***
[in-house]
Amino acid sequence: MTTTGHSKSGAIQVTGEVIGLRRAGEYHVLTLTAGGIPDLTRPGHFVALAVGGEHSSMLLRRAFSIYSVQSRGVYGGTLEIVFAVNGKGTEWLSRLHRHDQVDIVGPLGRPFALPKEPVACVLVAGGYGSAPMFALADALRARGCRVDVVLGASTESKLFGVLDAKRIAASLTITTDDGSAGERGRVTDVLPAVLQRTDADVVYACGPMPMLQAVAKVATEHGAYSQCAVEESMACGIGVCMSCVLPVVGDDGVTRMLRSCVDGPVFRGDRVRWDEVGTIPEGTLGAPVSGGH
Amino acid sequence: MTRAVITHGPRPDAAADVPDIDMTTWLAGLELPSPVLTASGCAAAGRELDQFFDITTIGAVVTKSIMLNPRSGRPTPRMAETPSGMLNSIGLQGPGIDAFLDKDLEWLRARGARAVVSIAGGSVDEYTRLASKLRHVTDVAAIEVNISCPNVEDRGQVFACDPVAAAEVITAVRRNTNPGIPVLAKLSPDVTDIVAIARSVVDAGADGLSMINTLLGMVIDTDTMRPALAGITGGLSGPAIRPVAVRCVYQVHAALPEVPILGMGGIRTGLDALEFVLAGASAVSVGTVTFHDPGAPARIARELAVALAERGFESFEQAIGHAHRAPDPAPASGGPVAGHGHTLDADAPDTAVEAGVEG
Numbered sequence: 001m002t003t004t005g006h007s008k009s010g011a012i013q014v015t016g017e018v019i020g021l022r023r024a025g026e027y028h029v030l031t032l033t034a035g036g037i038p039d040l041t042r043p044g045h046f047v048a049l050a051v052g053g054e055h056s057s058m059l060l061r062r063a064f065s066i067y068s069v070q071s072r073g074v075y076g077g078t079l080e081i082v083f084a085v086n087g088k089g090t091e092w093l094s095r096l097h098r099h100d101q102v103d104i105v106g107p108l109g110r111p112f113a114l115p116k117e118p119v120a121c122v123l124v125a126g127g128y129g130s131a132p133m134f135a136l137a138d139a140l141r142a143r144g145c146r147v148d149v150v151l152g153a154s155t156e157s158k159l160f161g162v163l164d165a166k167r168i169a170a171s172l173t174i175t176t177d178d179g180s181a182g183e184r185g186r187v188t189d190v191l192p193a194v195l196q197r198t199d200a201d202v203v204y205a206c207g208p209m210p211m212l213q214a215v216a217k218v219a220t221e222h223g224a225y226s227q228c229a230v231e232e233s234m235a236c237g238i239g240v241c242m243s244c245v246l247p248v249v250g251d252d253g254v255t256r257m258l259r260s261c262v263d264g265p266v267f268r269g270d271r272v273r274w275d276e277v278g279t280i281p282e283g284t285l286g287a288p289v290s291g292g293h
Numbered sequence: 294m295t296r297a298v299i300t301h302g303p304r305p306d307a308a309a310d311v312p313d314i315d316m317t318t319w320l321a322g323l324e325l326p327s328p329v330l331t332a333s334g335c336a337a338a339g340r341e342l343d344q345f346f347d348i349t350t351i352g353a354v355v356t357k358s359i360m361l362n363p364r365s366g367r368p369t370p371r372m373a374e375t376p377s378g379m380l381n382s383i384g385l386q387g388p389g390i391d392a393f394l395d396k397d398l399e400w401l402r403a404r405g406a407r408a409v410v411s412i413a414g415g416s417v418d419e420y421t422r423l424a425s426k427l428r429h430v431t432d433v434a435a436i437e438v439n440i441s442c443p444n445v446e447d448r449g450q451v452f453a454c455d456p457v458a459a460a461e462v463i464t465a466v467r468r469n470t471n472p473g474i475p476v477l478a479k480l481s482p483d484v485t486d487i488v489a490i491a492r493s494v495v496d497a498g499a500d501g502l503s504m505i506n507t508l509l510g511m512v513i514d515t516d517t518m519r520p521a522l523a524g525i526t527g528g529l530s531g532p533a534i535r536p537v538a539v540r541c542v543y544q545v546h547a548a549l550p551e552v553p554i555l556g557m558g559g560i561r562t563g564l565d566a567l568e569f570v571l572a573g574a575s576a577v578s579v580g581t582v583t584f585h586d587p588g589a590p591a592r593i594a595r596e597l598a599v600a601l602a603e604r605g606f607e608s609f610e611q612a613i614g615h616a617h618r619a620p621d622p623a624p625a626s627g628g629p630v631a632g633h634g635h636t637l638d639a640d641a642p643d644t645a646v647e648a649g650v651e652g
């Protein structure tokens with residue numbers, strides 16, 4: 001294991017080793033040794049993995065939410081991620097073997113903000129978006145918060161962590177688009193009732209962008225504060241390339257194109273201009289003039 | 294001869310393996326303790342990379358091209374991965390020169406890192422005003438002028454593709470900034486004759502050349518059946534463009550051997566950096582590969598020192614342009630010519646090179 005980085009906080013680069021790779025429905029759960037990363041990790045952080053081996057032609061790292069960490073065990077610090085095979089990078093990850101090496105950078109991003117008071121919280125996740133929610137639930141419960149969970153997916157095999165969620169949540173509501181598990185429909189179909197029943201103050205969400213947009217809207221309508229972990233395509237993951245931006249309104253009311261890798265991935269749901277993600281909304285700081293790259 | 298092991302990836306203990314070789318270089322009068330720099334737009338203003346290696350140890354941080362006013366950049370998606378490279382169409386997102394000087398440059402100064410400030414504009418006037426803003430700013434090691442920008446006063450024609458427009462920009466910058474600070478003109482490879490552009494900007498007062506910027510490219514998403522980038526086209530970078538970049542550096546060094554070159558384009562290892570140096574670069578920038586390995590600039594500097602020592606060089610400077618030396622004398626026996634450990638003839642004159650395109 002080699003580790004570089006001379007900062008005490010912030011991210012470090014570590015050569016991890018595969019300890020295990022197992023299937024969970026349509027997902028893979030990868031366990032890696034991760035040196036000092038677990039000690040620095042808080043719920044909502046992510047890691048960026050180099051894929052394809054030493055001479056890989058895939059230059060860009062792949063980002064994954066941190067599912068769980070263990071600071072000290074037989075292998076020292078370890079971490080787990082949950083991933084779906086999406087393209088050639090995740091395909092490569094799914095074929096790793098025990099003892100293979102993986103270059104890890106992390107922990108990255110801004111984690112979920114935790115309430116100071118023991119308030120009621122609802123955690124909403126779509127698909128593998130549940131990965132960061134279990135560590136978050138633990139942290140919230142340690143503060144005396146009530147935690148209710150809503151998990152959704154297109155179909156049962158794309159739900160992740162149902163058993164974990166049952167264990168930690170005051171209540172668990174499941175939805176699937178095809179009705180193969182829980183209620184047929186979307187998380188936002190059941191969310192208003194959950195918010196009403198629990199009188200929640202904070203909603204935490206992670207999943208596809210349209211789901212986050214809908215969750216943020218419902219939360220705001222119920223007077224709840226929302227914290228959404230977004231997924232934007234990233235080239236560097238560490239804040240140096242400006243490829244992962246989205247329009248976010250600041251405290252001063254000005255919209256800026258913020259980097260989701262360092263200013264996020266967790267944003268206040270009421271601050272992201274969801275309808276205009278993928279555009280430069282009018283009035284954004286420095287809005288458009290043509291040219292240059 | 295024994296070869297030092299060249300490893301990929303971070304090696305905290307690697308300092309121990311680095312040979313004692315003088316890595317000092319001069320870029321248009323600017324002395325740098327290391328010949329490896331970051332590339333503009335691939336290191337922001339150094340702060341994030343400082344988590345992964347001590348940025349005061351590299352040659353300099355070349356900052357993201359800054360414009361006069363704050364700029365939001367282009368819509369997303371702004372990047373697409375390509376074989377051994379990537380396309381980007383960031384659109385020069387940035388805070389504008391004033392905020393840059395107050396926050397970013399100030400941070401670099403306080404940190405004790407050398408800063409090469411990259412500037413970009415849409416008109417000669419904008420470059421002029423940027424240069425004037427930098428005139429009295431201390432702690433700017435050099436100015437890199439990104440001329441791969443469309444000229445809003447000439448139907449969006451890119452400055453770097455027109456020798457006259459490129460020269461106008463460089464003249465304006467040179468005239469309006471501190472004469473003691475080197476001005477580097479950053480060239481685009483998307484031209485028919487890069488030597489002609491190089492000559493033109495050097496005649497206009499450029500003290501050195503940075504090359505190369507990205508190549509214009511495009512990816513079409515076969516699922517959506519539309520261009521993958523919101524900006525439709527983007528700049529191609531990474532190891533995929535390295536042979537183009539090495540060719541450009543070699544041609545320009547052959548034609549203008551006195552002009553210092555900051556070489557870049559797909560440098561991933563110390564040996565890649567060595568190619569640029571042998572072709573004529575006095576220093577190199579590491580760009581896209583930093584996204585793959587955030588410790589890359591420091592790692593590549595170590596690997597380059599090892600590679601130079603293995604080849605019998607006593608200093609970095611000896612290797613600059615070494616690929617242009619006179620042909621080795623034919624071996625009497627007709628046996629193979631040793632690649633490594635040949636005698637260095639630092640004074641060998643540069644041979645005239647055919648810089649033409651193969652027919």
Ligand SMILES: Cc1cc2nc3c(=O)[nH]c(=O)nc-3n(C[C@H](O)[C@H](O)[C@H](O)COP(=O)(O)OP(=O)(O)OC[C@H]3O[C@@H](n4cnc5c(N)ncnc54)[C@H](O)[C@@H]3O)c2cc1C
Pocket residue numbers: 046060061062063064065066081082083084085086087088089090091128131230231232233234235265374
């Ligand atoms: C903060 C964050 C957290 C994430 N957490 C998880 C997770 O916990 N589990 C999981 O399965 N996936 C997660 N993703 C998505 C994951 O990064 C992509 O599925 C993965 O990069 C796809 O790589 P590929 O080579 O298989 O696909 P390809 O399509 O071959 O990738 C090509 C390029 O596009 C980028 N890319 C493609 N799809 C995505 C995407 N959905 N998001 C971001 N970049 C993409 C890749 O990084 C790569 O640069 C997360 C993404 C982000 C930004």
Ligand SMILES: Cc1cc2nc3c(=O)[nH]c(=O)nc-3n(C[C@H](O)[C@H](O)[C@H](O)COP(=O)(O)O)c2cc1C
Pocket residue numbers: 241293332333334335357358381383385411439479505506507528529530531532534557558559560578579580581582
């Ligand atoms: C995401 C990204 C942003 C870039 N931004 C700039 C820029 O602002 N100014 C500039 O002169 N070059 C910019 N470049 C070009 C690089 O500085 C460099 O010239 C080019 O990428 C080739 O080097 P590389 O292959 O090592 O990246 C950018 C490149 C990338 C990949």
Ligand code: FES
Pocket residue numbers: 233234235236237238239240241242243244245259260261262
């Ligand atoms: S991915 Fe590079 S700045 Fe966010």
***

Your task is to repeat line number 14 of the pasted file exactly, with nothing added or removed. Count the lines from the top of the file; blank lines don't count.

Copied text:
Pocket residue numbers: 233234235236237238239240241242243244245259260261262